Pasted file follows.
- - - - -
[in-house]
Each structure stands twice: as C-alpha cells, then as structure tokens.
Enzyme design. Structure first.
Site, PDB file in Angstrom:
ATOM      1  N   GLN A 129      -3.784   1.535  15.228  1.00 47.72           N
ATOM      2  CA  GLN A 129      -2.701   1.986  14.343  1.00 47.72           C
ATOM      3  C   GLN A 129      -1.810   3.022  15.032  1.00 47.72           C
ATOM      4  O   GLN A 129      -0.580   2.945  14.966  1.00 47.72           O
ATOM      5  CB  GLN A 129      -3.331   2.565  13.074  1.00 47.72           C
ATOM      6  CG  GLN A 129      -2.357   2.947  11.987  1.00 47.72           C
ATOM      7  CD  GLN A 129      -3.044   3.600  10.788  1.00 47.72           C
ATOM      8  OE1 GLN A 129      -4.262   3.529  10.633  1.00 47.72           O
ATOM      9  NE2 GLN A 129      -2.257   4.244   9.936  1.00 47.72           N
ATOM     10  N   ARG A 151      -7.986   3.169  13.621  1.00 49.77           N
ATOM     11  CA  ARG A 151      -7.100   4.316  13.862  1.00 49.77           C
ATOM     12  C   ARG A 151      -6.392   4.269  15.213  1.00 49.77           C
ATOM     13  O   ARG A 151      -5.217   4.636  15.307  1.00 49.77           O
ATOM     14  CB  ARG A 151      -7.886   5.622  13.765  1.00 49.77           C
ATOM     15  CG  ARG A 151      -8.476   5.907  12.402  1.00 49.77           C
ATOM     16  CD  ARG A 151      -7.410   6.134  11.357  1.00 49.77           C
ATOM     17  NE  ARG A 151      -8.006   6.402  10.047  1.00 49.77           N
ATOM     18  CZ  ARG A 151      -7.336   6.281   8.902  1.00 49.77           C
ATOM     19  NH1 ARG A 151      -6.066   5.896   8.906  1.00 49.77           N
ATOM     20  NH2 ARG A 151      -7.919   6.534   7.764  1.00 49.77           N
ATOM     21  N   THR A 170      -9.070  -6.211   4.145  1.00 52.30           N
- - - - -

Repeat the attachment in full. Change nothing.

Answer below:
[in-house]
Each structure stands twice: as C-alpha cells, then as structure tokens.
Enzyme design. Structure first.
Site, PDB file in Angstrom:
ATOM      1  N   GLN A 129      -3.784   1.535  15.228  1.00 47.72           N
ATOM      2  CA  GLN A 129      -2.701   1.986  14.343  1.00 47.72           C
ATOM      3  C   GLN A 129      -1.810   3.022  15.032  1.00 47.72           C
ATOM      4  O   GLN A 129      -0.580   2.945  14.966  1.00 47.72           O
ATOM      5  CB  GLN A 129      -3.331   2.565  13.074  1.00 47.72           C
ATOM      6  CG  GLN A 129      -2.357   2.947  11.987  1.00 47.72           C
ATOM      7  CD  GLN A 129      -3.044   3.600  10.788  1.00 47.72           C
ATOM      8  OE1 GLN A 129      -4.262   3.529  10.633  1.00 47.72           O
ATOM      9  NE2 GLN A 129      -2.257   4.244   9.936  1.00 47.72           N
ATOM     10  N   ARG A 151      -7.986   3.169  13.621  1.00 49.77           N
ATOM     11  CA  ARG A 151      -7.100   4.316  13.862  1.00 49.77           C
ATOM     12  C   ARG A 151      -6.392   4.269  15.213  1.00 49.77           C
ATOM     13  O   ARG A 151      -5.217   4.636  15.307  1.00 49.77           O
ATOM     14  CB  ARG A 151      -7.886   5.622  13.765  1.00 49.77           C
ATOM     15  CG  ARG A 151      -8.476   5.907  12.402  1.00 49.77           C
ATOM     16  CD  ARG A 151      -7.410   6.134  11.357  1.00 49.77           C
ATOM     17  NE  ARG A 151      -8.006   6.402  10.047  1.00 49.77           N
ATOM     18  CZ  ARG A 151      -7.336   6.281   8.902  1.00 49.77           C
ATOM     19  NH1 ARG A 151      -6.066   5.896   8.906  1.00 49.77           N
ATOM     20  NH2 ARG A 151      -7.919   6.534   7.764  1.00 49.77           N
ATOM     21  N   THR A 170      -9.070  -6.211   4.145  1.00 52.30           N